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char c = 'b'-'a' --No Compile error??????????

 
neeta mathur
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hi
can anyone tell me why in the following code the statement char c = 'b'-'a' has no compile error
'b'-'a' might get converted to int and there is no cast either
then why doesn't compiler complain bout it
even if the substraction is in char's range a unary operator converts it to int

class testit {
public static void main (String args[]) {
byte primitiveByte = 1;
char primitiveChar = 'b'-'a';//why No compile error here ???
int primitiveInt = 1;
short primitiveShort = 1;
String s = "1";
Integer i1 = new Integer(primitiveByte);
Integer i2 = new Integer(primitiveChar);
Integer i3 = new Integer(primitiveShort);
Integer i4 = new Integer(primitiveInt);
Integer i5 = new Integer(s);
int p1 = i1.intValue() + i2.intValue() +
i3.intValue() + i4.intValue() +
i5.intValue();
System.out.print(p1);
}}
 
marc weber
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Originally posted by neeta mathur:
can anyone tell me why in the following code the statement char c = 'b'-'a' has no compile error

A literal int can be assigned without explicit cast to a narrower primitive (byte, short, or char) if it falls within range. 'b'-'a' is a literal int that falls within char's range. However, 'a'-'b' does not fall within char's range, and a compiler error results.
 
Tom Tolman
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Note:

char primitiveChar = (char) 'a'-'b';//
Does not compile

char primitiveChar = (char) ('a'-'b');//
DOES compile (cast on final result)


This:
public static void main(String[] args)
{
char a = 'a';
char b = 'b';
char c = b - a;
}
Does not compile either


class Test5
{
public static void main(String[] args)
{
char a = 'a';
char b = 'b';
char c = (char) (b - a);
}
}
This does
 
Ed Villamizar
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Originally posted by marc weber:

A literal int can be assigned without explicit cast to a narrower primitive (byte, short, or char) if it falls within range. 'b'-'a' is a literal int that falls within char's range. However, 'a'-'b' does not fall within char's range, and a compiler error results.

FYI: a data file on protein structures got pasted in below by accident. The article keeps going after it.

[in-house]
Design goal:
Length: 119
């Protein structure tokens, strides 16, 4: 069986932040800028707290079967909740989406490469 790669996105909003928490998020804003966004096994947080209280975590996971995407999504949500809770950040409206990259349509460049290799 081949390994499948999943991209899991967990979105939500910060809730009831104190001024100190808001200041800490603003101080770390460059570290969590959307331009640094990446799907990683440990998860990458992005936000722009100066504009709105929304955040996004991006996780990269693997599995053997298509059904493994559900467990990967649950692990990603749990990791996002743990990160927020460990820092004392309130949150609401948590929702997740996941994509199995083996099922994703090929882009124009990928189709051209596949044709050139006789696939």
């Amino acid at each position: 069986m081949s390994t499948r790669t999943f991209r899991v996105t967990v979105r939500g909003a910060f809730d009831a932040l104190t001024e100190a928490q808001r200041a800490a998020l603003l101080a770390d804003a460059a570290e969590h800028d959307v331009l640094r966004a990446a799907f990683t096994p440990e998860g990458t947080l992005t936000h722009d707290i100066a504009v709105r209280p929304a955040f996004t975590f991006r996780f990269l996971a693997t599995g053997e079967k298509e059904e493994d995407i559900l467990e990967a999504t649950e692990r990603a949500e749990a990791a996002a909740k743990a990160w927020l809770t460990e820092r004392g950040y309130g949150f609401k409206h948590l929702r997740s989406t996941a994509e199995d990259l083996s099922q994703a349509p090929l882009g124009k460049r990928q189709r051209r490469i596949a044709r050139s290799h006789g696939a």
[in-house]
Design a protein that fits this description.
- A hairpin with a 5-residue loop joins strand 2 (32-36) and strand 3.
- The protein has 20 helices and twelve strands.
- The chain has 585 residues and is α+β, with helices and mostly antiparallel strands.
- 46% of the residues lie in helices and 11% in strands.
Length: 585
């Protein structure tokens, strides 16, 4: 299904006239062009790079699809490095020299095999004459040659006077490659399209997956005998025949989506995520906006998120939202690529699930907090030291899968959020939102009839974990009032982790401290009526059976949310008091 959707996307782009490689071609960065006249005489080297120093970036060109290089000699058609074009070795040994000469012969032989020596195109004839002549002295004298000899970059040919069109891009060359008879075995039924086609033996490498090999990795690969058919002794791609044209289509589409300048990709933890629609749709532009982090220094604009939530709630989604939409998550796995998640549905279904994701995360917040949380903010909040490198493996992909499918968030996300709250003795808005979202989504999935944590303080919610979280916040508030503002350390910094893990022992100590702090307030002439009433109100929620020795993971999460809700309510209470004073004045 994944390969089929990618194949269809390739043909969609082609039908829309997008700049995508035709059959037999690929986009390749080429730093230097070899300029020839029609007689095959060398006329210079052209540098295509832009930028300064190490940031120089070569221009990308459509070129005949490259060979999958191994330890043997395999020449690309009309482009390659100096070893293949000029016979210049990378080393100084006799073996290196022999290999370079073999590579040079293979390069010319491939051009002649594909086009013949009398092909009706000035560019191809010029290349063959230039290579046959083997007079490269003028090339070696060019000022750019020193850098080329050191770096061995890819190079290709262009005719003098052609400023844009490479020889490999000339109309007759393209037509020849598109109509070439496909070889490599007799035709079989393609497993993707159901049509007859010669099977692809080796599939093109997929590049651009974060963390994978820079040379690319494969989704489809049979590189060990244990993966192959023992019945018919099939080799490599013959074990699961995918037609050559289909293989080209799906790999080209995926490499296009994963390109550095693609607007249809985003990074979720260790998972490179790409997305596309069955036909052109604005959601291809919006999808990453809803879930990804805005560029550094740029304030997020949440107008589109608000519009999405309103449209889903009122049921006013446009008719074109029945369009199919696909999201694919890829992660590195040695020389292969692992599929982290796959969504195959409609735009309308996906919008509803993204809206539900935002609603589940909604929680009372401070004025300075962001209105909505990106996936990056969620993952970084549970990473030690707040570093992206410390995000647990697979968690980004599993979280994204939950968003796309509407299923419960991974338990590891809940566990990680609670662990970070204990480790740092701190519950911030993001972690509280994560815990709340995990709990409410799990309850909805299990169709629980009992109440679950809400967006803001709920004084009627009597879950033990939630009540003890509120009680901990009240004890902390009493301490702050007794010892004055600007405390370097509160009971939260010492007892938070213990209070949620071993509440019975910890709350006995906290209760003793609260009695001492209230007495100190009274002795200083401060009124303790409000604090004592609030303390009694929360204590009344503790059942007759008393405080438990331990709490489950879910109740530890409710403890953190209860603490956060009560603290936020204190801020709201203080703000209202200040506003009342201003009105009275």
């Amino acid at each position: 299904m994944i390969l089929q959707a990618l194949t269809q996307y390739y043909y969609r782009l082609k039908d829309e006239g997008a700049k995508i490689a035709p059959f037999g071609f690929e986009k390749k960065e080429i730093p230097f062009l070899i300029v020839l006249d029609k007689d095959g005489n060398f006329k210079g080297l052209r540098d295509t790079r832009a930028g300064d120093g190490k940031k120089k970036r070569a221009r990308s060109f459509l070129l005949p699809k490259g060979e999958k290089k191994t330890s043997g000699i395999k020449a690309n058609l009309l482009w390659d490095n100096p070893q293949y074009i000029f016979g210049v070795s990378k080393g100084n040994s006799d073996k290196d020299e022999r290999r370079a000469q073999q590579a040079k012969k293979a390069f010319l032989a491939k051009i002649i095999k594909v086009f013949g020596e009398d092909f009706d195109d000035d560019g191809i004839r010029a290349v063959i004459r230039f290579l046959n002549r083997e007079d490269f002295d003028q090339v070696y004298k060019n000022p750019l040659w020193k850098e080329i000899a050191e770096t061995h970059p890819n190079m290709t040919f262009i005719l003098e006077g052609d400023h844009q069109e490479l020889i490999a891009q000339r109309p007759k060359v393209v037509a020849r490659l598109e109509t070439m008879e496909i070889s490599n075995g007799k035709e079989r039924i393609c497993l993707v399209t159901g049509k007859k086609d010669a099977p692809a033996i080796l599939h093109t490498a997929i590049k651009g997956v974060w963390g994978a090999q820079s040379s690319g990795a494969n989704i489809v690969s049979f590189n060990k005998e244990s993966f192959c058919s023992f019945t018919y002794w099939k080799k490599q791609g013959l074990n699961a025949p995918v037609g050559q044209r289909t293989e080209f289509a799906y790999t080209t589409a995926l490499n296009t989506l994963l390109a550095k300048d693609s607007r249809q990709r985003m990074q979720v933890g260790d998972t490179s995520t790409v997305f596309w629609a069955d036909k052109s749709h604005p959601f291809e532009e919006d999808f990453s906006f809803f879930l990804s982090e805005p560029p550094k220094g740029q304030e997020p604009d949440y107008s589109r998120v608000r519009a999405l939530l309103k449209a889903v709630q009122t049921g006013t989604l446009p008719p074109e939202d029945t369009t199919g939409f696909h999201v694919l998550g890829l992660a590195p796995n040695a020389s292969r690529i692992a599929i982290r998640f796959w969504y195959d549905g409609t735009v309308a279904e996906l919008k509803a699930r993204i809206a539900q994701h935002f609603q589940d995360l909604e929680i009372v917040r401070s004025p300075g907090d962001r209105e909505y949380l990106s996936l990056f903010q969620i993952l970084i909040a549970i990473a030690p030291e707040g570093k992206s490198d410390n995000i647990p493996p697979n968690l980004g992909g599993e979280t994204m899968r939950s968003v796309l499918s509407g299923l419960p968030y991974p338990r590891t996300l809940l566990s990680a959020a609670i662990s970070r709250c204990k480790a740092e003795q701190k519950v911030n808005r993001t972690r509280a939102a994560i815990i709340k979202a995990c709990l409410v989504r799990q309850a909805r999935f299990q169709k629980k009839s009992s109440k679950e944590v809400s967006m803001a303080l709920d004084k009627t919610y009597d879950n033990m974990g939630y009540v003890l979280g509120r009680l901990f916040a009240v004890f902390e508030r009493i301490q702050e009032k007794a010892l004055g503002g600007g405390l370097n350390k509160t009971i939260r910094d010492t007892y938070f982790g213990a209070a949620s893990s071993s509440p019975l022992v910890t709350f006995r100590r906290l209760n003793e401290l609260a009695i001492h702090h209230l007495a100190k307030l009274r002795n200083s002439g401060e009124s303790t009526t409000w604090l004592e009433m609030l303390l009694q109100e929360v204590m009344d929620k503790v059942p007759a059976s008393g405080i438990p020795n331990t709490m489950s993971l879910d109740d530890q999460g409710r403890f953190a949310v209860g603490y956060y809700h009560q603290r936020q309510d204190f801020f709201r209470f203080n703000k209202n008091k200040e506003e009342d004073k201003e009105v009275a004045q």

Just wanted to point out that it looks like if it were the *compiler* making the subtraction 'b'-'a' = 1 and using this result as if it were a literal.
 
neeta mathur
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thank u guys,
had known literal types before
 
Piyush Jain
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Hi,

Reading all the replies, I am confused about what exactly we are trying to say here.

now I get that 'b' - 'a' does fall in the char's range and will not give any compiler error because the result an int can be converted implicitly to char.

but now here what Tom wrote:

char primitiveChar = (char)('a'-'b');

why would this be compiling since a-b is out of range even if we are casting it explicitly. i suppose if it is compiling its not gonna run. please clarify.

Also Tom,

the first subroutine you wrote why would that not compile, isn't it in the range now? is it because b-a is not a literal here and will not be converted implicitly to a lower range from int?

i am not clear about What we call as Literal?

Thanks
Piyush
 
Tom Tolman
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>why would this be compiling since a-b is out of range even if we are >casting it explicitly. i suppose if it is compiling its not gonna run. >please clarify.

It IS out of range when the compiler computes the 'a' - 'b' (it is -1). But now you say cast it- casting it means take whatever bit value you have and lop off the left hand side. The match takes place as an integer (I believe, you should check this). So you lop it off.

You should look at the output of the value, that would be curious to see.

This also brings up.. what if your math goes out of range?

What if you add MAXINT-1 to MAXINT -1 does that give you a compile error if you cast it (int) (<maxint -1> + (<maxint -1> ? It overflows the virtual machine before it gets to the cast I would think ,so it would fail.. curious...
 
marc weber
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Originally posted by Tom Tolman:
You should look at the output of the value, that would be curious to see.

Exactly: 'a'-'b' gives an int value of -1 (which is "literal" because the exact value is known at compile time). In binary, this is 32 1's. Since this is out of the range of char (which can only be positive), it cannot be assigned to char without a cast. With a cast to a 16-bit char, it discards the 16 left-most 1's, leaving us with char's maximum value of 2 raised to the 16th minus 1, which is 65535. This char value is apparently represented as a question mark.

 
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